Saturday, April 27, 2013

'Little Minds: Silly Children's Poems' by Star Brown

Book blurb:

Five silly poems that make kids wonder: When will pigs fly? Why won't the last piece of the puzzle fit? Why is an orange an orange? Does anyone have a loose tooth? Who is that other boy?

~~Buy it on Amazon~~

Author information:

Star is a mother of two and a wife of one very awesome man! She was born in 1980 on the tropical island of Okinawa Japan. Ever since the age of six, Star loved writing stories. While Star loves writing material that makes children laugh, she is currently working on her first young adult horror story. Star lives in Florida and would like to hear comments and new story ideas from her fans.

Star Brown
PO Box 950845
Lake Mary, FL 32795

Friday, April 19, 2013

'Titanic A to Z, The Story of the World's Most Famous Shipwreck' by Judy Nichols

This is a paid promotional post through my Featured Fiverrs. All opinions are my own, though.

This week marks 101 years since the famous sinking of the Titanic. Commemorate this historical event by downloading a book that teaches you all about it.

Book blurb:

Titanic A to Z, the Story of the World's Most Famous Shipwreck, is a children's picture book that takes young readers, ages 5-9, through the alphabet to learn about the sinking of the Titanic. Authentic photos from 1912 make the true facts come alive as young readers learn about the Titanic without dwelling on the gloomy aspects.

Details seldom found in other Titanic books will answer such questions as: Did kids help build the Titanic? What did kids do for fun when on board the ship the first four days? Who brought their pets along? Why did the kids like the Titanic barbershop? Who saw the iceberg first? How did the Captain of the rescue ship find out the Titanic was sinking? What scared the survivors as they waited for the rescue ship to take them on board? How were the kids who survived carried on board the rescue ship?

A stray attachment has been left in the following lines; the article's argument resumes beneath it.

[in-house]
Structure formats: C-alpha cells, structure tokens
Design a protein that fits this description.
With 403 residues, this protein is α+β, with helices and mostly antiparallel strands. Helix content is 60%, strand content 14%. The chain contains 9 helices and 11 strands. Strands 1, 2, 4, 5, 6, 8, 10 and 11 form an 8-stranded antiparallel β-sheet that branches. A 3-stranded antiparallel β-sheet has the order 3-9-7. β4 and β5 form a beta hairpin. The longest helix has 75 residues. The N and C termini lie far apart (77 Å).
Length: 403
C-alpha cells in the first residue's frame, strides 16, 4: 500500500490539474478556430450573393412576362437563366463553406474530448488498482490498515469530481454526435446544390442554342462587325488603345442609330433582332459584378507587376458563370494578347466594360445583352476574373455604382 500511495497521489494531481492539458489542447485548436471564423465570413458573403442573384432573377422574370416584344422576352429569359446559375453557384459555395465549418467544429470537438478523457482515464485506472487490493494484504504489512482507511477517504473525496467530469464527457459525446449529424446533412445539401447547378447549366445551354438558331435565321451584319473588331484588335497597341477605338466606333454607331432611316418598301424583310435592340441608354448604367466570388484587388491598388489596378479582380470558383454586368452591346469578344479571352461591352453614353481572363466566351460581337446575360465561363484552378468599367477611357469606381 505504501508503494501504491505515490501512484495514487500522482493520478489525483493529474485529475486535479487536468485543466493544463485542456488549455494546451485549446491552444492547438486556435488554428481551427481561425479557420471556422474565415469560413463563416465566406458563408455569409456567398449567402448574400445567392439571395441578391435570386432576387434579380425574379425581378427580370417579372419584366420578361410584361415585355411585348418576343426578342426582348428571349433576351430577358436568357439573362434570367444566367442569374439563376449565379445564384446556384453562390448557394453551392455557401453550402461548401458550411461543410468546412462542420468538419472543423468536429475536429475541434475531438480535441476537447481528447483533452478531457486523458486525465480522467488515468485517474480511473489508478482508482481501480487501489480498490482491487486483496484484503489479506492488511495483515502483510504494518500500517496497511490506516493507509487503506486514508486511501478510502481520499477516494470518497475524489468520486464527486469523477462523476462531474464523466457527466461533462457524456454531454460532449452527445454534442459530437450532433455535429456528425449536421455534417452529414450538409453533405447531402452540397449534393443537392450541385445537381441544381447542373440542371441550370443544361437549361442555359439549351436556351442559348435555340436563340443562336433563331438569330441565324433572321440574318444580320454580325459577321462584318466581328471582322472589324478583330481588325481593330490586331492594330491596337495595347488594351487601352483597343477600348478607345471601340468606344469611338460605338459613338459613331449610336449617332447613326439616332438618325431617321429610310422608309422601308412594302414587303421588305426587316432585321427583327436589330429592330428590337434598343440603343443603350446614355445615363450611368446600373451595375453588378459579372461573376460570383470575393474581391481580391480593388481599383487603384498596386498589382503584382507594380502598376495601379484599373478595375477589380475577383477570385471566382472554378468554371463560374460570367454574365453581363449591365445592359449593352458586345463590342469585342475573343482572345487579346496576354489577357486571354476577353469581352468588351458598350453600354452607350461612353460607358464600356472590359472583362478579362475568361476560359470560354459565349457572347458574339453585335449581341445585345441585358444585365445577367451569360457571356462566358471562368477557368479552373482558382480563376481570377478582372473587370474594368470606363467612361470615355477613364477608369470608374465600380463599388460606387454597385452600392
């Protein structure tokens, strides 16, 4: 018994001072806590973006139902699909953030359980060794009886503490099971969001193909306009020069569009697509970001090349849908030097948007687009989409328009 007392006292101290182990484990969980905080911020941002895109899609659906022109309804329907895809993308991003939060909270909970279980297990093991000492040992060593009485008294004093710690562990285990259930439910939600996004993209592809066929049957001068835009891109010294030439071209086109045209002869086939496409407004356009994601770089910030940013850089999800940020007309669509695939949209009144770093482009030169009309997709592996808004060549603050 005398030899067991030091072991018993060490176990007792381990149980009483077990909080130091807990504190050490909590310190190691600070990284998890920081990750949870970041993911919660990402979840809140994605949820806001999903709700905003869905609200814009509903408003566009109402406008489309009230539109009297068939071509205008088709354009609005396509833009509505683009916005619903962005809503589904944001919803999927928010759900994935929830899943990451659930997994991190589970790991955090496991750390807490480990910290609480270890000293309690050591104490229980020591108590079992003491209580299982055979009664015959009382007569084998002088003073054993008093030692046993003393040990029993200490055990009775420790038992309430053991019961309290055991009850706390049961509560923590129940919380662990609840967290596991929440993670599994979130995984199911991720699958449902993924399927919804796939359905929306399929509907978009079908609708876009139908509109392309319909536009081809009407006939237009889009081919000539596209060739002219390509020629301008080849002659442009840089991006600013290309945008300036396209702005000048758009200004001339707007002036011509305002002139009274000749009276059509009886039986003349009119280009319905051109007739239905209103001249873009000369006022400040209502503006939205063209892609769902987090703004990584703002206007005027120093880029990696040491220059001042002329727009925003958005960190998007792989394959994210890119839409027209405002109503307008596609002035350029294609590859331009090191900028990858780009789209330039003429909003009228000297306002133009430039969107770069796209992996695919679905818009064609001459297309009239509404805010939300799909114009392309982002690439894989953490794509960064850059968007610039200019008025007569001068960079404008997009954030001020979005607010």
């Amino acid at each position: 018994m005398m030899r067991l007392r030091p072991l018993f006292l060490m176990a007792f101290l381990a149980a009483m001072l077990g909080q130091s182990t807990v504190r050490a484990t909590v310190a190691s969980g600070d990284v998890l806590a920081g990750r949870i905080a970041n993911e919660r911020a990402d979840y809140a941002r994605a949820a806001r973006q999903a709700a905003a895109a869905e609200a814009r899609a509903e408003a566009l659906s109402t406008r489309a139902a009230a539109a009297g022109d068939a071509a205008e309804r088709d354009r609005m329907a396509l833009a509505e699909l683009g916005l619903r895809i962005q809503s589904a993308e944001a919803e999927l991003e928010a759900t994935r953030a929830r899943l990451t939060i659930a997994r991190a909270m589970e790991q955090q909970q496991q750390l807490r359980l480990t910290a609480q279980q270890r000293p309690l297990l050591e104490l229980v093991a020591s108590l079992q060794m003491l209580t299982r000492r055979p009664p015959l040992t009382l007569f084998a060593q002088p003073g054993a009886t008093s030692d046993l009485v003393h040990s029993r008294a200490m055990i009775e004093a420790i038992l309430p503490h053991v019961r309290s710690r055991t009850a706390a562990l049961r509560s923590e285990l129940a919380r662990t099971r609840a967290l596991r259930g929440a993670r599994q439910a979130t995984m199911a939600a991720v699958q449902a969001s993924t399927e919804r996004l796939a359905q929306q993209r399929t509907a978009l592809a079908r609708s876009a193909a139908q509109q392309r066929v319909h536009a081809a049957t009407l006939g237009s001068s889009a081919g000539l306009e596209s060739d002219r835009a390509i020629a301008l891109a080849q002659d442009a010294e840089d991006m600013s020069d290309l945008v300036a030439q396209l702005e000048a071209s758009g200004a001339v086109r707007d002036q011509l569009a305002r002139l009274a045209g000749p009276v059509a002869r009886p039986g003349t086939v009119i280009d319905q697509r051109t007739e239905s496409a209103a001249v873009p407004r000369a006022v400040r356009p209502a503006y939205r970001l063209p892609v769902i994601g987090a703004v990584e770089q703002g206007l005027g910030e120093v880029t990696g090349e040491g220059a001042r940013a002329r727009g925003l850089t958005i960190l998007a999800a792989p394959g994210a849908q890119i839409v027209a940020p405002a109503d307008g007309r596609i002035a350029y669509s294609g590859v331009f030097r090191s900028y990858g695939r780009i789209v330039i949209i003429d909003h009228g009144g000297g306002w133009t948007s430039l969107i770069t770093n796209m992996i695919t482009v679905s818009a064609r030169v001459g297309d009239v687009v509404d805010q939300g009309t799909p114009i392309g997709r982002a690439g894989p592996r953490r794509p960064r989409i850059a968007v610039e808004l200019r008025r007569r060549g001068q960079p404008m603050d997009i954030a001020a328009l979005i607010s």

The introduction tells the story of the Titanic, followed by interesting details added in an alphabetic sequence. Suitable to read aloud to younger children while boys and girls who read at 2nd or 3rd grade reading level can enjoy reading it to themselves.


Judy Nichols loves to write for children and teenagers and has a special interest in historical subjects like the Titanic. Her writing reflects the years she spent as a librarian, reading specialist, and classroom teacher in K-12 schools. She is also the author of "Titanic Dog to the Rescue" on iPhone and iPad; "Barnyard Santa" on Android and iPhone; and "Teaching in Tough Times", published by Baker Book House. Her poems for children have appeared in Fun for Kidz, Pockets, and Hopscotch magazines. She has published many articles in magazines and newspapers featuring historical subjects and creative teaching projects and continues to write more books that help kids enjoy reading and learning.

Thursday, April 18, 2013

Check out 'Oliver and Jumpy: Bedtime Stories' on YouTube

This is a paid post, via my Featured Fiverrs. Click on the page above to find more about these kinds of posts.
Children like to watch animated versions of their favorite stories, just as much as they like to read them in books. Werner Stejskal has created a series of stories about Oliver and Jumpy, a cat and a kangaroo, who are friends who have all kinds of adventures.

Eventually there will be at least 40 stories available to viewers on YouTube. Right now, four are available to watch on YouTube. Werner is looking to eventually convert the stories into books and hopes to create an app.

Werner narrates each story himself. You can also read along below each YouTube video if you watch directly on the site. Check out the first story:

Here is a message from Werner Stejskal: